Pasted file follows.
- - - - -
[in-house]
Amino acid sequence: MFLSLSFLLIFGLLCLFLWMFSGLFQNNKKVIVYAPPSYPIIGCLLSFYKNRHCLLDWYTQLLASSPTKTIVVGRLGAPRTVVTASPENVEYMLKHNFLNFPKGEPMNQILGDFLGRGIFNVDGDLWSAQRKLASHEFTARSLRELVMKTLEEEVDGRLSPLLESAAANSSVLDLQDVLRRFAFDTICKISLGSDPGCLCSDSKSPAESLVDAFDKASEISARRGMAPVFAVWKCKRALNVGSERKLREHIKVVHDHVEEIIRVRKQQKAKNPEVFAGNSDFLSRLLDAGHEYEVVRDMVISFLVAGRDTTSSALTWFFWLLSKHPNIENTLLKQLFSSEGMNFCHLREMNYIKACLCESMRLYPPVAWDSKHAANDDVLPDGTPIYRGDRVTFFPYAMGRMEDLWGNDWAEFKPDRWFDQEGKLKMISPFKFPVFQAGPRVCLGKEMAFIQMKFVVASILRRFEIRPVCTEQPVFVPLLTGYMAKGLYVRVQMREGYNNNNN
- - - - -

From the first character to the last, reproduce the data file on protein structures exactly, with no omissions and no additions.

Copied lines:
[in-house]
Amino acid sequence: MFLSLSFLLIFGLLCLFLWMFSGLFQNNKKVIVYAPPSYPIIGCLLSFYKNRHCLLDWYTQLLASSPTKTIVVGRLGAPRTVVTASPENVEYMLKHNFLNFPKGEPMNQILGDFLGRGIFNVDGDLWSAQRKLASHEFTARSLRELVMKTLEEEVDGRLSPLLESAAANSSVLDLQDVLRRFAFDTICKISLGSDPGCLCSDSKSPAESLVDAFDKASEISARRGMAPVFAVWKCKRALNVGSERKLREHIKVVHDHVEEIIRVRKQQKAKNPEVFAGNSDFLSRLLDAGHEYEVVRDMVISFLVAGRDTTSSALTWFFWLLSKHPNIENTLLKQLFSSEGMNFCHLREMNYIKACLCESMRLYPPVAWDSKHAANDDVLPDGTPIYRGDRVTFFPYAMGRMEDLWGNDWAEFKPDRWFDQEGKLKMISPFKFPVFQAGPRVCLGKEMAFIQMKFVVASILRRFEIRPVCTEQPVFVPLLTGYMAKGLYVRVQMREGYNNNNN